Uganda — When American Faith Blanchard moved to Uganda to do charity work, she wasn’t expecting to find love. But during her time volunteering at Bidibidi Refugee Settlement, that’s exactly what happened. It was there she met Seme Ludanga, a South Sudanese refugee and United Nations World Food Programme (WFP) Storyteller who changed her world.
The two first met at as facilitators at a youth conference in the refugee settlement.
“The first time I saw him,” Faith said, “my heart jumped out of my chest.”
Seme had a similar reaction. “When I saw her, I felt my heart move in my whole body,” he said. “Even before maybe sharing anything with her, I felt like I knew her a long time ago.”
Seme became Faith’s translator for the conference, but their relationship didn’t end there. Two years later – this past July – Faith and Seme were married. In a time when culture divides, they united in love.
But the path to get there wasn’t all sunshine and roses, especially for Seme, who fled violence in his home country of Sudan. He left alone at age 15 – without family or friends to support his journey. He arrived safely at Bidibidi, where the U.N. World Food Programme provided him with food assistance and supplies.
Upon first arriving at Bidibidi, Seme felt a bit hopeless. But after a while, he decided that he was there to make a difference. He started volunteering with youth and became a U.N. World Food Programme Storyteller, sharing his experience as a refugee with the outside world. And that’s what led him to be in the same place at the same time as Faith, a woman also looking to serve others and make a difference.
“Faith is just very beautiful in my eyes, inside and out,” Seme said. “She always makes me smile. She always makes me laugh so hard, and she makes me rejoice whenever I look at her smile.”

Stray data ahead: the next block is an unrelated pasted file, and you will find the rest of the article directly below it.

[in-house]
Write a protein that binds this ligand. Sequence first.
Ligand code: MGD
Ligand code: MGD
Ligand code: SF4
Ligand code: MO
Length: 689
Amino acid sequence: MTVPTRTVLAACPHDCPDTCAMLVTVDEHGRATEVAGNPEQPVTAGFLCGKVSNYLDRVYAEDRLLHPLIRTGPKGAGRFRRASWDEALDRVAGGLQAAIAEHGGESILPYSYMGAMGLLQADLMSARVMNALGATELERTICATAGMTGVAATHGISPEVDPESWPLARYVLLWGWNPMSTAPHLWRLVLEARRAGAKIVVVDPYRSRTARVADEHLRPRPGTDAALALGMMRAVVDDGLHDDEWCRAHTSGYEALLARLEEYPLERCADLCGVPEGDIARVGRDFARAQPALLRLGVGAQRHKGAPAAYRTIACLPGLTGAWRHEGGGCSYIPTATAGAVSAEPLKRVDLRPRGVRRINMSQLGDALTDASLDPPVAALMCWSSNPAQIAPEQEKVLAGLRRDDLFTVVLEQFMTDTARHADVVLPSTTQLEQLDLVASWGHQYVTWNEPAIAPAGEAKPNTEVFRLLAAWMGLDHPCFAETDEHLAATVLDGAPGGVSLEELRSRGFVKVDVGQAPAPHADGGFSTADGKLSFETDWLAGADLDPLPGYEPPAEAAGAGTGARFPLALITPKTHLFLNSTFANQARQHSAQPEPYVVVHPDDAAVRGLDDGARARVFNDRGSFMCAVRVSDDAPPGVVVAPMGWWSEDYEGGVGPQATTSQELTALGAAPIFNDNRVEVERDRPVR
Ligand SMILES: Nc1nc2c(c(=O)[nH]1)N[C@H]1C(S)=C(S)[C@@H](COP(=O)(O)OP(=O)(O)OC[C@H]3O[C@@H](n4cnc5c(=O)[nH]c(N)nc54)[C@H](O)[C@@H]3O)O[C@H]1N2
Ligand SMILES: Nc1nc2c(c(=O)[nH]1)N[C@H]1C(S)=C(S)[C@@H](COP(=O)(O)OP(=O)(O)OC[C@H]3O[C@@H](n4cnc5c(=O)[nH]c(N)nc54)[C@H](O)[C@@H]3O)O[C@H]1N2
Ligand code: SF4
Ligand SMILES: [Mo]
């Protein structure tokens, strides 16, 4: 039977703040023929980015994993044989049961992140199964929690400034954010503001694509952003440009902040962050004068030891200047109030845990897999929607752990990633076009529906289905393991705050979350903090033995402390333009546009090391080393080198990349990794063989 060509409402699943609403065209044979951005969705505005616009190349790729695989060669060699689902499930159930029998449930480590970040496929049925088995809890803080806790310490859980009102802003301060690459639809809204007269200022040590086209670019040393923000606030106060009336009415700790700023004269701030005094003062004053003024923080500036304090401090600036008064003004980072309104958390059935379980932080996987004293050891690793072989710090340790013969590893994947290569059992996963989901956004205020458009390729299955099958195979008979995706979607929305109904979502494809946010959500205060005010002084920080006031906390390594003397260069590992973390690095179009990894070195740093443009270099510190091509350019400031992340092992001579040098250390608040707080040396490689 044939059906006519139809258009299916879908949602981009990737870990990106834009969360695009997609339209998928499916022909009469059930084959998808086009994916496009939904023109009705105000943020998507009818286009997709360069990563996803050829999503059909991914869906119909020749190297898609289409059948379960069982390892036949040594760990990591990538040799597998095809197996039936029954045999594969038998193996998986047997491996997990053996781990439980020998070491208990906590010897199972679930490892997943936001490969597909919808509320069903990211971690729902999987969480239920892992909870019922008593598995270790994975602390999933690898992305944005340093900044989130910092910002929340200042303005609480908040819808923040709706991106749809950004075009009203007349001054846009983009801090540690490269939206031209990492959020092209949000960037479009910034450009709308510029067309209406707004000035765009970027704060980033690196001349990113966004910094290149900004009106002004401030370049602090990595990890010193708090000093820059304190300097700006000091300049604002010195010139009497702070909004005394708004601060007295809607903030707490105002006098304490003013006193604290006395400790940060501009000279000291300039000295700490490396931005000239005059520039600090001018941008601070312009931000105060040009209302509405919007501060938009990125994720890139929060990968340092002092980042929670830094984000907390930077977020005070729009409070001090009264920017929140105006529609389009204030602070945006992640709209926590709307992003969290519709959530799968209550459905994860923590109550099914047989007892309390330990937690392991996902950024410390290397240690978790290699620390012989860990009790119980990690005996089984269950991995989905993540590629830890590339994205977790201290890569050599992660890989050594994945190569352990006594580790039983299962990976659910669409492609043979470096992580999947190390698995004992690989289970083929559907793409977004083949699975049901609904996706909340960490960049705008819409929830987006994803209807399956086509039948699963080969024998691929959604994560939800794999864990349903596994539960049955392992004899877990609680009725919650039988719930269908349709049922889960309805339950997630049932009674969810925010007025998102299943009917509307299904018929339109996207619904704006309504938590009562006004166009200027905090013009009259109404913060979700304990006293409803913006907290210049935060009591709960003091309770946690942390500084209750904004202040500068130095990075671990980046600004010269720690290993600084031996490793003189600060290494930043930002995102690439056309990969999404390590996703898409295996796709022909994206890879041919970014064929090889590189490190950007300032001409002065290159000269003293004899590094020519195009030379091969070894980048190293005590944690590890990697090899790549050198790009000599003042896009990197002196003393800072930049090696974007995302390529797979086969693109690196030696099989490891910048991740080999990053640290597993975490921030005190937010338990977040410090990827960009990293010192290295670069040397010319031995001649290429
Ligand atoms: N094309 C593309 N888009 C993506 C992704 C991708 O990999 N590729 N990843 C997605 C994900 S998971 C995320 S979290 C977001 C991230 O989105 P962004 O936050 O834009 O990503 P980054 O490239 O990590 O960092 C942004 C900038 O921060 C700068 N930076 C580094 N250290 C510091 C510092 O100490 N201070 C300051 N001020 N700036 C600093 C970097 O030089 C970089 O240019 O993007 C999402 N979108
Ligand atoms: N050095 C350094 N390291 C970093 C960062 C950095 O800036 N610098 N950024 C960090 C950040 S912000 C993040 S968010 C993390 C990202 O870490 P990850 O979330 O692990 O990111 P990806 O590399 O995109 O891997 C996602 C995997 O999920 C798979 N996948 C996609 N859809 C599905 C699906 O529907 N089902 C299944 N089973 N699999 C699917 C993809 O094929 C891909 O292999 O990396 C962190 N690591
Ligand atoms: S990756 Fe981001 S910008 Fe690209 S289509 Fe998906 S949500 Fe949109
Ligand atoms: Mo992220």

“In the beginning, I had so many doubts,” Faith said. “We are from completely different places, the idea of moving to another country and continent, leaving my family. I was not sure if I was strong enough to endure the sadness and difficulties of an international marriage. But after praying and thinking about it, my heart settled. When he proposed, I cried tears of joy for three days.”
The wedding was held in Uganda on July 25. Faith’s parents were unable to make the ceremony because of the pandemic, so a Ugandan pastor and South Sudanese friend walked her down the aisle while her parents watched via Facebook livestream. Faith and Seme want to stay in Bidibidi and are currently looking to build a house there.
When asked if she might miss the luxuries of American life, Faith said, “In the U.S., we’re surrounded by such material wealth that it masks the other kinds of poverty we have. In Uganda, we will not have many possessions, but the richness of our life will include a strong sense of community, family and belonging.
“I am so happy to be married to Seme,” Faith continued. “He is a sweet gift to me. He is my best friend, and I love the woman I am with him. I can’t ask for a better life than that.”
While Seme and Faith found their happy ending, millions of people who fled violence, persecution and war still struggle daily to survive. Learn more about displacement and hunger and how you can help.
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